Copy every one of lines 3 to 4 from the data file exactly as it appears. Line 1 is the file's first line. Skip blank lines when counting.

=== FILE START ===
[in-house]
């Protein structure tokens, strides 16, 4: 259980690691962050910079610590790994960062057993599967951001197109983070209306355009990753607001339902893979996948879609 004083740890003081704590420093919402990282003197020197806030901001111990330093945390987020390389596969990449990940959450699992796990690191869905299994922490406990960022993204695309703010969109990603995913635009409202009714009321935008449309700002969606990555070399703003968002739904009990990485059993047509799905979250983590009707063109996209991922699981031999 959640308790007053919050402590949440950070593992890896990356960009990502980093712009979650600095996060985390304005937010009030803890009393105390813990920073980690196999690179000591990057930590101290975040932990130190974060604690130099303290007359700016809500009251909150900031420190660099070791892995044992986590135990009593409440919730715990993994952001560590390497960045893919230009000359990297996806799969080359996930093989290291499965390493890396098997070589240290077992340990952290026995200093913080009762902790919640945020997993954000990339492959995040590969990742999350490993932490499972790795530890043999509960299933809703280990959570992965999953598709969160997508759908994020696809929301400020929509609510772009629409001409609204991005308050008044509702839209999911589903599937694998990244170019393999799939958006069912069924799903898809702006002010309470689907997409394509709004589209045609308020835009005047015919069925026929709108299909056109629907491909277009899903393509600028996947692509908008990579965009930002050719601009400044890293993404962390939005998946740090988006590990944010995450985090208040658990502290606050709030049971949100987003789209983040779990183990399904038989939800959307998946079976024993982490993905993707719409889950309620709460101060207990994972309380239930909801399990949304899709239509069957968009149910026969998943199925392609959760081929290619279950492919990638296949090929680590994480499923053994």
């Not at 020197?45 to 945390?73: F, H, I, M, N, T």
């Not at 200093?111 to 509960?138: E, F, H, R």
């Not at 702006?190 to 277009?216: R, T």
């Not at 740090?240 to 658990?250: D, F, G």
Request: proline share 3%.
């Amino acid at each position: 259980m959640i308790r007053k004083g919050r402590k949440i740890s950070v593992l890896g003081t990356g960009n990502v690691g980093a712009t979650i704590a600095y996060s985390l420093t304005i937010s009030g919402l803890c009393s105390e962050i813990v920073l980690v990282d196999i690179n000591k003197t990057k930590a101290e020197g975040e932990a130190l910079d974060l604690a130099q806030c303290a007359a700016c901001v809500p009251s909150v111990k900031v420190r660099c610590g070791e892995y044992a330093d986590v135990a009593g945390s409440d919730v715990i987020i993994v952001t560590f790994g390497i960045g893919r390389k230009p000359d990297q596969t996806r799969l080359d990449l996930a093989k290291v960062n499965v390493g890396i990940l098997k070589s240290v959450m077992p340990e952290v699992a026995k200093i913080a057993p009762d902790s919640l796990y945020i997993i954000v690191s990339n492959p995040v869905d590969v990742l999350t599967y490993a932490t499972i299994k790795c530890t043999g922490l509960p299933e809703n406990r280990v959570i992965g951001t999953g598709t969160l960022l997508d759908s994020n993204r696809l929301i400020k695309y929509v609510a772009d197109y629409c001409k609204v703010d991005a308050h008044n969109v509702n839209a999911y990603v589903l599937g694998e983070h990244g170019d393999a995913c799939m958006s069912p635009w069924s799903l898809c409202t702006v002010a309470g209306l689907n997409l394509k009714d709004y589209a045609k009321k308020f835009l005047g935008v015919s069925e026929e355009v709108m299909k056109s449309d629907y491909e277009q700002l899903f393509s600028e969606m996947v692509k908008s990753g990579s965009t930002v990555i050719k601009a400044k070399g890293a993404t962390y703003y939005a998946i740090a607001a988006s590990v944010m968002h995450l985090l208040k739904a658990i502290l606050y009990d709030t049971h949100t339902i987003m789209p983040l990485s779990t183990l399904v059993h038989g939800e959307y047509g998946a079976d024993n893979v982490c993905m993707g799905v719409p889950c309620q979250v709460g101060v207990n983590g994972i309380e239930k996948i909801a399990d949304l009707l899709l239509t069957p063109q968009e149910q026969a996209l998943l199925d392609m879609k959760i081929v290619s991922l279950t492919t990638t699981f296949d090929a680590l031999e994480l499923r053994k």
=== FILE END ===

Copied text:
């Not at 020197?45 to 945390?73: F, H, I, M, N, T």
């Not at 200093?111 to 509960?138: E, F, H, R």